9 of the Best Email Clients for Linux

Linux has plenty of email clients to choose from. Here are the best you can use today.

Linux Email 00 Featured Image

Email is the bread and butter of electronic communication. It is simple, efficient and programmable. If you are looking for a desktop email client for Linux, there are many around. Here are some of the best email clients available for Linux.

1. Mozilla Thunderbird

Mozilla’s Thunderbird is the most popular email client available for Linux – for good reason. Thunderbird is both intuitive and simple to use and a whole productivity suite rolled into one.

Linux Email 03 Thunderbird Welcome

Thunderbird can handle your email alongside your calendar, your To-Do lists and even your USENET groups. Not only that, Thunderbird can also has a number of advanced features such as:

  • The ability to have basic frequency graphs for email headers that can be used for a basic id.
  • Thunderbird also allows you to maintain a “message archive,” which is part of your email directory that is compressed and sorted differently than your standard e-mail inbox. This is useful if you like having a copy of every correspondence.

This makes it an integrated and tightly packed program that appeals to both the casual and power user.

Installing Thunderbird

Thunderbird is also available in almost every major Linux distribution. For example, you can install it in Debian and Ubuntu using apt:

For Fedora, use dnf:

In Arch Linux, use pacman:

2. Claws Mail

Claws Mail is a simple and easy-to-use GUI email client. Unlike Thunderbird, it does not have the full suite of additional software alongside it. This is useful if you are already using other software and you only want a client that handles email.

Linux Email 15 Claws Mail Welcome

However, this does not mean that Claws Mail lacks features. It has a good filtering system as well as the ability to connect through USENET. Further, Claws Mail also supports the following features through its plugin system:

  • Email signing and encryption through GnuPG. This is useful if you want to use encryption to send email correspondence securely.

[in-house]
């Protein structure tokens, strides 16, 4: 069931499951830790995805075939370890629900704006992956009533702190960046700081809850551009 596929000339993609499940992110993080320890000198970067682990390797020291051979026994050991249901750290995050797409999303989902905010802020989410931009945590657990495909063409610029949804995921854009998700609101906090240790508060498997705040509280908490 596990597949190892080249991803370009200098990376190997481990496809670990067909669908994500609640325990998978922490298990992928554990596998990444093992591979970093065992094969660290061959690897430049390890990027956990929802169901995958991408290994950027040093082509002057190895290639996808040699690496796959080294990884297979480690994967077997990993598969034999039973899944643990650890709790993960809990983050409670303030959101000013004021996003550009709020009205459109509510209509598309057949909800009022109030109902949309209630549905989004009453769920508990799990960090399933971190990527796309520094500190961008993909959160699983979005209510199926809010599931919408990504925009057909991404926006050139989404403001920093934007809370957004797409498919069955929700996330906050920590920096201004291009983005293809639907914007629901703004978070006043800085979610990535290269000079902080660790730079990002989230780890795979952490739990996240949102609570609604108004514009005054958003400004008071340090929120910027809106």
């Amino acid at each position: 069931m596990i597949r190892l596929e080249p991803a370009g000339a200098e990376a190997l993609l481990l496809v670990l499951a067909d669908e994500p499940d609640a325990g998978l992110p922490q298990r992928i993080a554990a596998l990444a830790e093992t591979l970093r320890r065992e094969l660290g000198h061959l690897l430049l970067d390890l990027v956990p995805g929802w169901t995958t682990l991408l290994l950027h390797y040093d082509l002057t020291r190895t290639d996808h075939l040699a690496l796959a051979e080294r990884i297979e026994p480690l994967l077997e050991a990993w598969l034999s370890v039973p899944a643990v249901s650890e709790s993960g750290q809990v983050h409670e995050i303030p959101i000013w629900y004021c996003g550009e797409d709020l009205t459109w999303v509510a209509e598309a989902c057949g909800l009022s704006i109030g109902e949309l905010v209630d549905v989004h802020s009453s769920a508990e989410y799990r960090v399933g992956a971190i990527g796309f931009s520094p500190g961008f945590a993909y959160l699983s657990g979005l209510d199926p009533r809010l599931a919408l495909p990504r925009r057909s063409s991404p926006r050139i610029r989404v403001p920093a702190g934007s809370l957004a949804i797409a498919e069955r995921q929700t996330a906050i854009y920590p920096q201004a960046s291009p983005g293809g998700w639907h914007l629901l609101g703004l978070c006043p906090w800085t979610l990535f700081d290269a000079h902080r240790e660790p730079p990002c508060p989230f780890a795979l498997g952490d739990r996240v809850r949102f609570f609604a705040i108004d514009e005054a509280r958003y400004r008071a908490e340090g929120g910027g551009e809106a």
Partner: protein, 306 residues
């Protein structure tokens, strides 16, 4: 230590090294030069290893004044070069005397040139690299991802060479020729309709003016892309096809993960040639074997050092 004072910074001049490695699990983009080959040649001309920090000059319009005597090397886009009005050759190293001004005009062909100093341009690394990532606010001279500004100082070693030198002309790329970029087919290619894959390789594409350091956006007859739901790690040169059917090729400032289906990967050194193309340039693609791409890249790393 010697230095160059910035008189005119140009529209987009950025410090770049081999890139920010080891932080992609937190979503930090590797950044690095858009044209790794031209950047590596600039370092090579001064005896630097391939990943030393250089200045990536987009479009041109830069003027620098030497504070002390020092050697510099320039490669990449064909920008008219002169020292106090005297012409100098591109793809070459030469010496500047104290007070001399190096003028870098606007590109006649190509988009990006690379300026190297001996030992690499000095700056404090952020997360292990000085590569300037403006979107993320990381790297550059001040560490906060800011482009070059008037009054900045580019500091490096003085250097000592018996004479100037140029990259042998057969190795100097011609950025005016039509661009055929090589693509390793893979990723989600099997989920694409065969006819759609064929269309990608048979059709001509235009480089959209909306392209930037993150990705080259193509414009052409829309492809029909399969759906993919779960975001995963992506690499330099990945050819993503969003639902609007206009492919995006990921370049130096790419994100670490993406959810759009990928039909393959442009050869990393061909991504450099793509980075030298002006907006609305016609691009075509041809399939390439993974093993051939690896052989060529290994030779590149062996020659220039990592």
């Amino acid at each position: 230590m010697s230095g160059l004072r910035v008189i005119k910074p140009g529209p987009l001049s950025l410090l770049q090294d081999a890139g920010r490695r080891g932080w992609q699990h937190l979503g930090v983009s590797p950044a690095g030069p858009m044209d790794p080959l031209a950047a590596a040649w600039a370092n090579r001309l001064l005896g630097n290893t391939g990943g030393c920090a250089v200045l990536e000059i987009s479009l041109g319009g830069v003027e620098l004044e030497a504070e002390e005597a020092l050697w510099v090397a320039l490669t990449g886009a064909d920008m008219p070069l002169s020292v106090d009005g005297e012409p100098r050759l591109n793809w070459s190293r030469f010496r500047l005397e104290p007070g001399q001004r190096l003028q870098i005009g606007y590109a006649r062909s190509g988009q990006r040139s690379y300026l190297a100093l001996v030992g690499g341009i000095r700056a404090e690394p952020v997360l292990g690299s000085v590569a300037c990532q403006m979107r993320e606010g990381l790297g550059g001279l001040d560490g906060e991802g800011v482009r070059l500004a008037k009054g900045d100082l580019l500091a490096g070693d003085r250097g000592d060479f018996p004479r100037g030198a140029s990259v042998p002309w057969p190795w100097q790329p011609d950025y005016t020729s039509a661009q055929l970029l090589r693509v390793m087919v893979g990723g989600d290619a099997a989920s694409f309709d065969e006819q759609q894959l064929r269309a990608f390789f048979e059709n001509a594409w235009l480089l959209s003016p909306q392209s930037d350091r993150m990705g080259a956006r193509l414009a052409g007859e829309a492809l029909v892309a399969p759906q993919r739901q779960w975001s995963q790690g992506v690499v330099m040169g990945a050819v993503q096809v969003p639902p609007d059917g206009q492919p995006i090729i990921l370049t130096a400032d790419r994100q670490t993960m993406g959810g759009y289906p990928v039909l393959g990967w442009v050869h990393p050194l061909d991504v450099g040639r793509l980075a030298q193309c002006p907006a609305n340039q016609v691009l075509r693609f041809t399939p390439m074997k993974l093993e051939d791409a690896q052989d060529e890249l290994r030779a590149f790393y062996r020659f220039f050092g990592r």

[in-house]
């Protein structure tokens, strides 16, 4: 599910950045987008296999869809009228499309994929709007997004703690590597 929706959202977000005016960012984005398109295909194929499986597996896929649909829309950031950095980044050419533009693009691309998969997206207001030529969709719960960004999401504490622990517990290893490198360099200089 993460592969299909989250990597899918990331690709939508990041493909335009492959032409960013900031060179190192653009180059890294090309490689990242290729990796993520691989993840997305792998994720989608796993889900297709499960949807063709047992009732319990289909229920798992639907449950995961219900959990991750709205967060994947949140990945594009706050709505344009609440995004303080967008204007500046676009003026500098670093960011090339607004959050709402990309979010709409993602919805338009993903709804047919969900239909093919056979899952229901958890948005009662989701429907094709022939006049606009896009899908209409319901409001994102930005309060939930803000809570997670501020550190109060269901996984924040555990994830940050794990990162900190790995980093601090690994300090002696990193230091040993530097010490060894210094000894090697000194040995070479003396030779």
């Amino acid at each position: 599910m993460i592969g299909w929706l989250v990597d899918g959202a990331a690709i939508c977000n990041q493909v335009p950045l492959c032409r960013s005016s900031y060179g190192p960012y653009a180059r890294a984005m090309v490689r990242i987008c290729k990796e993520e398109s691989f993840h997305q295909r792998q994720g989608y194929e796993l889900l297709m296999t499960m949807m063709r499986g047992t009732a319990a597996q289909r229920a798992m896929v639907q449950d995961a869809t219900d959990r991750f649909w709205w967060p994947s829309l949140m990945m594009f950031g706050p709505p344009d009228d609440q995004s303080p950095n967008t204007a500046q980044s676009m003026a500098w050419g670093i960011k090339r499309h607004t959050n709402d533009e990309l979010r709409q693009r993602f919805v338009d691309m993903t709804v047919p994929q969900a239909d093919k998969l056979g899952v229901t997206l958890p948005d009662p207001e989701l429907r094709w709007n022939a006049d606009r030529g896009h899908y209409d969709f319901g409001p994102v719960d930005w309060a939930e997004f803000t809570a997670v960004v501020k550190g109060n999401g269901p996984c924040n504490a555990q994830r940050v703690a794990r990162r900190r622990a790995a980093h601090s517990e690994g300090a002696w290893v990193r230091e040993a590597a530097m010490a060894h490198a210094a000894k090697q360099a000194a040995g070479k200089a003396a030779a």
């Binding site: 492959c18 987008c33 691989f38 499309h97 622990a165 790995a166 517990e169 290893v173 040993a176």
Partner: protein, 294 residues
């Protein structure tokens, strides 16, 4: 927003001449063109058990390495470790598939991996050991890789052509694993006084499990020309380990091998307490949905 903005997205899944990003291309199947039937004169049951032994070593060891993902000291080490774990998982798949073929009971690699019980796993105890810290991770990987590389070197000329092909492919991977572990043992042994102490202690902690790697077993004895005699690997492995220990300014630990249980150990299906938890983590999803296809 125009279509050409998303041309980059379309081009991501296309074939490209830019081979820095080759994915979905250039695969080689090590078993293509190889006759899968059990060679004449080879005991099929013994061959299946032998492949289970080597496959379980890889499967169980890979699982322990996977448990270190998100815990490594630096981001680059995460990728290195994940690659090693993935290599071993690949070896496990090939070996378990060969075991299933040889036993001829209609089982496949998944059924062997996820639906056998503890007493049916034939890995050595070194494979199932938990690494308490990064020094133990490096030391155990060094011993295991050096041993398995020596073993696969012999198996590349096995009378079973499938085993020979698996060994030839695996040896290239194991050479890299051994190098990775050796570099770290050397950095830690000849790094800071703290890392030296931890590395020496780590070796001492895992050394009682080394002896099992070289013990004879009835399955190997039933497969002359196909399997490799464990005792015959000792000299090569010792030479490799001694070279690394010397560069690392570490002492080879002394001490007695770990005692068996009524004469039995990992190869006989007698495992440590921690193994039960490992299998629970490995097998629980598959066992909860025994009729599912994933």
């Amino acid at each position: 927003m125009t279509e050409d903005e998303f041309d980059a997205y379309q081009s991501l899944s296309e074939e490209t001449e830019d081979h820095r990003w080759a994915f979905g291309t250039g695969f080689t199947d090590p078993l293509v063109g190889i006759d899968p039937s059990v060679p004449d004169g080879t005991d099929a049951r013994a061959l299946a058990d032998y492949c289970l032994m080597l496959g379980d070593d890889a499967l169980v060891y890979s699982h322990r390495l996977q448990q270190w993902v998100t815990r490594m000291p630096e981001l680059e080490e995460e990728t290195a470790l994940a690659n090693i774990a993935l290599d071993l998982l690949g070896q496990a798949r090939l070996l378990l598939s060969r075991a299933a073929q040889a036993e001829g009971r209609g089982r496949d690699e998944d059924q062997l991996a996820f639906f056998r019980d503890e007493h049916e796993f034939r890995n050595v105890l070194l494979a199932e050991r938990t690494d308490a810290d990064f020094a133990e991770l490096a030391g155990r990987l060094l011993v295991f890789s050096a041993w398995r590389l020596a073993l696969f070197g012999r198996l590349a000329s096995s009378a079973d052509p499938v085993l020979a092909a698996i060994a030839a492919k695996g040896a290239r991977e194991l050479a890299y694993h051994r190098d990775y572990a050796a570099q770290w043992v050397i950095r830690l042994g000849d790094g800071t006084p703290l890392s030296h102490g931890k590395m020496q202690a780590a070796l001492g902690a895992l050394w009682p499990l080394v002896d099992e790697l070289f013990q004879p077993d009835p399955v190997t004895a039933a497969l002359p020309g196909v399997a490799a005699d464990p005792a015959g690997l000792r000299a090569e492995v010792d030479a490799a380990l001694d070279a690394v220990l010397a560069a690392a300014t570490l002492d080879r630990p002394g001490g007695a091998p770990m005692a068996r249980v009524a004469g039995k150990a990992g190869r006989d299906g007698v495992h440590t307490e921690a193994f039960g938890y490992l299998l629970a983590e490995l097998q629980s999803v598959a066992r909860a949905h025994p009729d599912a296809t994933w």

• The ability to use your laptop LED lights for email notification. In some supported laptops, Claws Mails can use its hardware indicators, such as the battery light, to see whether you have received a new email.

Installing Claws Mail

Claws Mail is available in all Linux distributions. For example, you can install Claws Mail in Debian and Ubuntu using apt:

For Fedora, use dnf:

In Arch Linux, use pacman:

3. Geary

Geary is a simple and intuitive email client for Linux. Unlike the previous clients, it is designed to be as simple as possible.

Linux Email 29 Geary Welcome

This means Geary does not have any other feature other than receiving and sending email. It also prioritizes ease of use above all else, which makes setting Geary up easier than doing the same with Thunderbird and Claws Mail.

It makes Geary the perfect solution if you want an easy-to-use and easy-to-deploy email client that anyone can use.

Installing Geary

Geary is a part of the GNOME Desktop Environment. Despite that, you can still install it as a separate package.

For example, you can install Geary in Debian and Ubuntu using apt:

For Fedora, use dnf:

In Arch Linux, use pacman:

4. Evolution

Evolution is the default email client in GNOME desktop environments. If you are using Ubuntu, chances are you already have Evolution installed in your system.

Linux Email 56 Evolution Welcome

Unlike Geary, Evolution is more like Claws Mail. Some of Evolution’s features include the following:

  • Built-in GnuPG support for encrypted emails makes Evolution useful for people who are concerned about security in their correspondence.